Graphical representation of the BIM pilot project at MEVA

New dimensions in formwork design

New benchmark set by rigorous digitalisation of design and construction process in BIM pilot project

Data & Facts

  • Project
    • Across-the-board digital design
    • Office building extension, Esslingen, Switzerland
  • Client & overall project management (all specialist designers, BIM co-ordination)
    • Basler & Hofmann AG
  • Contractor
    • Marti AG
  • MEVA systems
  • Engineering and support
    • MEVA Schalungs-Systeme AG, Seon, Switzerland, and MEVA ­Schalungs-Systeme GmbH, ­Haiterbach, Germany
Slab formwork MevaDec in use on a construction site

The future is digital

Today, in the 21st century, our daily routine is changing faster than ever before. Technological progress is massively impacting our working methods and boosting the pace, flexibility and efficiency of entire projects.

In the construction sector, the digital revolution has triggered the development of building information modelling (BIM). The industry was long considered resistant to digitalisation. Although architects and draughtspersons were quick to replace pen and paper by keyboard and screen, it took a fair time for fully integrated digital solutions to emerge.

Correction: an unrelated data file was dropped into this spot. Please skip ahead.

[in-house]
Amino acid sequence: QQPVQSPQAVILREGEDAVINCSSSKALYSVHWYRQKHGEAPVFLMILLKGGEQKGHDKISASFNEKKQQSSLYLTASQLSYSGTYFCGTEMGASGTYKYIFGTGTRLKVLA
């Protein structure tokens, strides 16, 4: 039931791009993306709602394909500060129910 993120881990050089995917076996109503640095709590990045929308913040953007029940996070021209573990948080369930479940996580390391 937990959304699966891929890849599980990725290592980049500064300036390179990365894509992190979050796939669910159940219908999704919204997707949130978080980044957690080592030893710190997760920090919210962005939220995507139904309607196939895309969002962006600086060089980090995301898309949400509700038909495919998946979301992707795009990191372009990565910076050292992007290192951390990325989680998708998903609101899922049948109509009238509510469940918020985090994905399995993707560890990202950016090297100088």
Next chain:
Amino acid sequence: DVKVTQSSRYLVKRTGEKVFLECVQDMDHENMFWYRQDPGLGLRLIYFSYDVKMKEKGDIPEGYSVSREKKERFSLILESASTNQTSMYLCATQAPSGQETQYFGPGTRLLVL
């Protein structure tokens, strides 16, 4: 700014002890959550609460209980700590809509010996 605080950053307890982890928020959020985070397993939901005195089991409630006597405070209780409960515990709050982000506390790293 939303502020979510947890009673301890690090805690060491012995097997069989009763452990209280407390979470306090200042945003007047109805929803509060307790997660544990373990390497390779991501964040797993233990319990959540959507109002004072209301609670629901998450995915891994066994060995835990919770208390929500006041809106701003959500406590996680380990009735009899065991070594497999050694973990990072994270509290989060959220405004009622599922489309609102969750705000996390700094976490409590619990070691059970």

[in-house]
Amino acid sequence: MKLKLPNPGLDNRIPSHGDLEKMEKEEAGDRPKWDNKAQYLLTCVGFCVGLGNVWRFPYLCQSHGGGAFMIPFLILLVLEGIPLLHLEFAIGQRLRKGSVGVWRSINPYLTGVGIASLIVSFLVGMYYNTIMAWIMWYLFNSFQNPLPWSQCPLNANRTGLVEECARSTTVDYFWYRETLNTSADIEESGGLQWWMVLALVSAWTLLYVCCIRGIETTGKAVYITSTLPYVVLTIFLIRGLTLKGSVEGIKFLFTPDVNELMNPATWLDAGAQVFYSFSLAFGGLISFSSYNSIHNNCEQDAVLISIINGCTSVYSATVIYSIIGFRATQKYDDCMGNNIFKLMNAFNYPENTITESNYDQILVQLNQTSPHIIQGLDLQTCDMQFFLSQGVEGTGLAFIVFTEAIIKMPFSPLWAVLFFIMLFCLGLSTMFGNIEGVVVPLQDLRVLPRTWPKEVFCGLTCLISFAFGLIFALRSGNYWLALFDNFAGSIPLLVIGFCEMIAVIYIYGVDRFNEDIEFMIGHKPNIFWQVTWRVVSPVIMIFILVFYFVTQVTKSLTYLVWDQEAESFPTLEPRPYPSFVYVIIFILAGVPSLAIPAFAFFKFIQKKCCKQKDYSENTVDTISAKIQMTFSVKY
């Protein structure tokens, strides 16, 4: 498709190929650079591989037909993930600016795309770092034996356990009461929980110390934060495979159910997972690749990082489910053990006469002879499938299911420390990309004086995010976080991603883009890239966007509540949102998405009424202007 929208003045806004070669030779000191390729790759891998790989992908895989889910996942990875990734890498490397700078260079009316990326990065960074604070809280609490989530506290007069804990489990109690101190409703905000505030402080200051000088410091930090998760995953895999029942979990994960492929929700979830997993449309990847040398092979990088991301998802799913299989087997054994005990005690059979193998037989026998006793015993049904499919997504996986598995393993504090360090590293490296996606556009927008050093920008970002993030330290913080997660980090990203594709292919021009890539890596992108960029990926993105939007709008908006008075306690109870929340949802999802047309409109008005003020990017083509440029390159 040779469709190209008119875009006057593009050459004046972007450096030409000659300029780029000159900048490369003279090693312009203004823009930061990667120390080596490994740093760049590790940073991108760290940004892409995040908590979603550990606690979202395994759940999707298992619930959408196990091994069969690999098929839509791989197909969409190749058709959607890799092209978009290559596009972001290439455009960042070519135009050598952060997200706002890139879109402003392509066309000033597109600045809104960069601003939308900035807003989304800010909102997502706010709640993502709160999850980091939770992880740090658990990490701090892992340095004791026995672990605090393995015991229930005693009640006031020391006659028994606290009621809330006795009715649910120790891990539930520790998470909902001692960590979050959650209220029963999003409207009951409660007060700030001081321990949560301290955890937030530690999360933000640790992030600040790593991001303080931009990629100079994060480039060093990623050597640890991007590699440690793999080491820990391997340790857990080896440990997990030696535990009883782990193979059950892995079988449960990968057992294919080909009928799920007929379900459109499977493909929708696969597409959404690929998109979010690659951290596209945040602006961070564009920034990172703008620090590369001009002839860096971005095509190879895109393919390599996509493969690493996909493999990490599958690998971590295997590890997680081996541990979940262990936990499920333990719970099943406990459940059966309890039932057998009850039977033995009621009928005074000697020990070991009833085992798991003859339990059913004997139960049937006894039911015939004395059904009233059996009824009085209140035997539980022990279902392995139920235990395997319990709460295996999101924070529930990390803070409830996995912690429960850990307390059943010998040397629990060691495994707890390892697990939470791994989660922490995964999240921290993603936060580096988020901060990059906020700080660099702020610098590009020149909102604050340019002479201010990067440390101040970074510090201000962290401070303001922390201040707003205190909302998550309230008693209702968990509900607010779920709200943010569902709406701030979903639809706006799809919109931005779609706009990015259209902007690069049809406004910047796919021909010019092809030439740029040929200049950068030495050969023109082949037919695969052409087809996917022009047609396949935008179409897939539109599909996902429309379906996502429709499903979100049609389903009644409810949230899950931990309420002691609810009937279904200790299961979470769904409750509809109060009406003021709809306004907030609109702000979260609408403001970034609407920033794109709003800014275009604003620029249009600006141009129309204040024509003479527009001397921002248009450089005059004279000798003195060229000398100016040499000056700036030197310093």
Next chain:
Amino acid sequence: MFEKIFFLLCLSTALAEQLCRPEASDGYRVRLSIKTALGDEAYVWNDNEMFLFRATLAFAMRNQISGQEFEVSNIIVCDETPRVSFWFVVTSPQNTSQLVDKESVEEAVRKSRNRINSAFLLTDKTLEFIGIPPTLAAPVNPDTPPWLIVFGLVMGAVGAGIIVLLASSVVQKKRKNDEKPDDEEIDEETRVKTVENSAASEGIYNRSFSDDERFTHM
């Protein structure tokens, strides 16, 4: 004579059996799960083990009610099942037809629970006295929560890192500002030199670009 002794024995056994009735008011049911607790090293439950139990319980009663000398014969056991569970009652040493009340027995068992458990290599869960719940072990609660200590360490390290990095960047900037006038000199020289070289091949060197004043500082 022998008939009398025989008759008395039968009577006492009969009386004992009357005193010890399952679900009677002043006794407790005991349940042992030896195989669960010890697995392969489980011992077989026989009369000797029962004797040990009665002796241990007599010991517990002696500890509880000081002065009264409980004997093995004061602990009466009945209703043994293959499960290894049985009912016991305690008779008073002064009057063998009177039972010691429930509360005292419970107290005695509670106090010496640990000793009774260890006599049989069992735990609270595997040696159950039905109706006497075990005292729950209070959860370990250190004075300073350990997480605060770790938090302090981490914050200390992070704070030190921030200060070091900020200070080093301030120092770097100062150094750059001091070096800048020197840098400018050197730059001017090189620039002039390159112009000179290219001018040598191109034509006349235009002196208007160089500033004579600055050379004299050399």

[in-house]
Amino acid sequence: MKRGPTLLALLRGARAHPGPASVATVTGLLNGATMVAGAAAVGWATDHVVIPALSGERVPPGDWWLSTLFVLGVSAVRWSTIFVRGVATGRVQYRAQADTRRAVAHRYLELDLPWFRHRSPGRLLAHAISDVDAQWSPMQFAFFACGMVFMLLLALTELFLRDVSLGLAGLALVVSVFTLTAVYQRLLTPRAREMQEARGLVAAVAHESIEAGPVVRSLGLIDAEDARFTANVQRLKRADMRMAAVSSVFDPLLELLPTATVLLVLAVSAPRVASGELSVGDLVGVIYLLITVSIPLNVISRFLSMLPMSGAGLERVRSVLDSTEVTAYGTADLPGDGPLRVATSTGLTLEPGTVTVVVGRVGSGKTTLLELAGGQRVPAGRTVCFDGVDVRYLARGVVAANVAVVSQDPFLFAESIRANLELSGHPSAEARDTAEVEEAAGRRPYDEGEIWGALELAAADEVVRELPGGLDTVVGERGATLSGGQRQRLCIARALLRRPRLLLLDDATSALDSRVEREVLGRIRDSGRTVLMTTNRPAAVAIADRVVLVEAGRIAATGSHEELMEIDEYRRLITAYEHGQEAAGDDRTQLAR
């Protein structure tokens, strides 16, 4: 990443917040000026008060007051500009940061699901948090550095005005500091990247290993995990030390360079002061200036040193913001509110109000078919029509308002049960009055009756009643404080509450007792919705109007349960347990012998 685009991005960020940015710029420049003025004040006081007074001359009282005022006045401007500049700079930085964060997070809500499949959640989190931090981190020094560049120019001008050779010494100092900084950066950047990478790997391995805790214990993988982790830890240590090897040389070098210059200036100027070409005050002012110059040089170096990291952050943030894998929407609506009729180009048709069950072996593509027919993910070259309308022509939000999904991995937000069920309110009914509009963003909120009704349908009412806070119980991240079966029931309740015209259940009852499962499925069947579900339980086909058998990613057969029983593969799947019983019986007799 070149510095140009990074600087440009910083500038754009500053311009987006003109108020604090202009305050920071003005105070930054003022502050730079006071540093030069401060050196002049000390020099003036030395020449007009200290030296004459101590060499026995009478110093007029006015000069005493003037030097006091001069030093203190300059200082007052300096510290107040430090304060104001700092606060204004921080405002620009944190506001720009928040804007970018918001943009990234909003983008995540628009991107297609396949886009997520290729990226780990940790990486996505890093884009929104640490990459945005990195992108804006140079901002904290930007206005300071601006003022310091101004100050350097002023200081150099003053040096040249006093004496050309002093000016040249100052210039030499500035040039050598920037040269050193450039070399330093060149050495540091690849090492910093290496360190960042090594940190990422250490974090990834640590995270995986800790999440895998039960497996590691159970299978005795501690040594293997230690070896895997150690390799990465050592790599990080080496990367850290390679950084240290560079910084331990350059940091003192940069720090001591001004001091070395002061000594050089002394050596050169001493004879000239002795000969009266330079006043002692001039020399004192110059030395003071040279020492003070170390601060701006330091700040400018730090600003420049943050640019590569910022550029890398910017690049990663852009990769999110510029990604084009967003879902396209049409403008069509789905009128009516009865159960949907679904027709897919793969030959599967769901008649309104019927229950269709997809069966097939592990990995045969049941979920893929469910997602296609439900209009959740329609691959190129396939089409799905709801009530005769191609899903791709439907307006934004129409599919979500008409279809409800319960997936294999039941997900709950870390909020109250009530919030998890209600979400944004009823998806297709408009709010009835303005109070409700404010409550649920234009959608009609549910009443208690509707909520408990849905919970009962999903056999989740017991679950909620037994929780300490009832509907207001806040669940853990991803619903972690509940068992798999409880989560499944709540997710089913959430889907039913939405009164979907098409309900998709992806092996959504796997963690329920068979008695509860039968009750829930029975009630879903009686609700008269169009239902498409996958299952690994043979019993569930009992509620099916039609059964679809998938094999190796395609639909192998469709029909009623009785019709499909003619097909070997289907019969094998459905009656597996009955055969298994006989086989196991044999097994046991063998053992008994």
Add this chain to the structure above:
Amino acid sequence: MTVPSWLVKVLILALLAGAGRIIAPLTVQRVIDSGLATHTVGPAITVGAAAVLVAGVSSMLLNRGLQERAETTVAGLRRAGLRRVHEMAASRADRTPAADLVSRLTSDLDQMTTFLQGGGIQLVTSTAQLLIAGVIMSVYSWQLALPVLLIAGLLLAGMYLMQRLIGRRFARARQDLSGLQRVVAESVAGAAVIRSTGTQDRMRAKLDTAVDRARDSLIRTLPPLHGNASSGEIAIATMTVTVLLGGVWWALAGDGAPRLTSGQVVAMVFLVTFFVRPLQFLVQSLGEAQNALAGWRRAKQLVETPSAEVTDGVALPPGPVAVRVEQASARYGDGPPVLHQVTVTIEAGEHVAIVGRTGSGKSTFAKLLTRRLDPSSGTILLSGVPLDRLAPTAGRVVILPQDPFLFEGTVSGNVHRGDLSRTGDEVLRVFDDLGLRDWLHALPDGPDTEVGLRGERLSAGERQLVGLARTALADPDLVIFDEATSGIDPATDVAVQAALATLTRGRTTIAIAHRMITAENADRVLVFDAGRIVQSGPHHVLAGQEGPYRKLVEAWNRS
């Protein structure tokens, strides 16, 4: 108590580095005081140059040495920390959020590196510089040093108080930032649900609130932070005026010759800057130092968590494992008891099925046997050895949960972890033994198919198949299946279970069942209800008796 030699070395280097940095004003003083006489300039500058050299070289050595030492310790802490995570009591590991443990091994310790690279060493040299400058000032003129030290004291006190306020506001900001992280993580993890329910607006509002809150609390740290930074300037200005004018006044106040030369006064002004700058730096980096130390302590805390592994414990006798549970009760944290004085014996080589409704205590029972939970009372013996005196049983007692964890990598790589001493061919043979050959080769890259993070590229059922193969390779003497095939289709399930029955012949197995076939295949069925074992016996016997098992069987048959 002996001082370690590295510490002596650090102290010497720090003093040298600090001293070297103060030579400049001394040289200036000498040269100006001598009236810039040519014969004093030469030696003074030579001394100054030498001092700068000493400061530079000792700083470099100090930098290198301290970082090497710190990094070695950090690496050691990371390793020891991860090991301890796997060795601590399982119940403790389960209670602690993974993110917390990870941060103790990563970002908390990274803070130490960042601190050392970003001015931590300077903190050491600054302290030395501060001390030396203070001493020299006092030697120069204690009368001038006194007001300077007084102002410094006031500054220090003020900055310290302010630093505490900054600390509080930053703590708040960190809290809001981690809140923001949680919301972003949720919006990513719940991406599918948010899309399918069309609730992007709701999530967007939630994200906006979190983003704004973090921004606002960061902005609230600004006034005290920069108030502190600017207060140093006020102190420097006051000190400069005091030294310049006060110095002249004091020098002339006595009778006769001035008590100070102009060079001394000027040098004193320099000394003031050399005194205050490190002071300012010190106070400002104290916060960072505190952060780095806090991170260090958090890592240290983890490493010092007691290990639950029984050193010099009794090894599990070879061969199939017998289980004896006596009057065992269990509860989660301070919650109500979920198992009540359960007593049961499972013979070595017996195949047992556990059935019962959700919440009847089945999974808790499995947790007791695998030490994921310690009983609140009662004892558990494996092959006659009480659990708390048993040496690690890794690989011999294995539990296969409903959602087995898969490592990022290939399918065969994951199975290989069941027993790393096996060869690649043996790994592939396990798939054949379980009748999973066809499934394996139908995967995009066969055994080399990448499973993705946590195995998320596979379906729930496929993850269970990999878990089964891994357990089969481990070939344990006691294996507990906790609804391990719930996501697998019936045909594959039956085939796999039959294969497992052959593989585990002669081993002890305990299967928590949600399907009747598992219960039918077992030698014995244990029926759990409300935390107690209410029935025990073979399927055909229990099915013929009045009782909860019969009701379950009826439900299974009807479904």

Simply ingenious
The idea behind BIM is every bit as simple as ingenious: all construction project information is compiled, co-ordinated and reconciled using a single three-dimensional model in a digital database. Admittedly, that is easier said than done. But, once it is done, it delivers enormous benefits as the project progresses. 
Pilot project in Switzerland

A pilot scheme masterminded by the Swiss-based design, engineering and consulting firm Basler & Hofmann AG is currently exploring the ways and means by which a completely digitalised project and strictly paperless site can be successfully implemented. At the location in Esslingen in the Canton of Zurich, the company is adding a three-storey extension to its own existing office block. Indeed, the Esslingen site's role within Basler & Hofmann AG as a "development laboratory" for new technologies makes it ideal for the digital pilot project. In realising the scheme, the company itself assumed the tasks of overall project management, design development for all disciplines using the single BIM model and BIM co-ordination. All on-site operations are based exclusively on the digital model.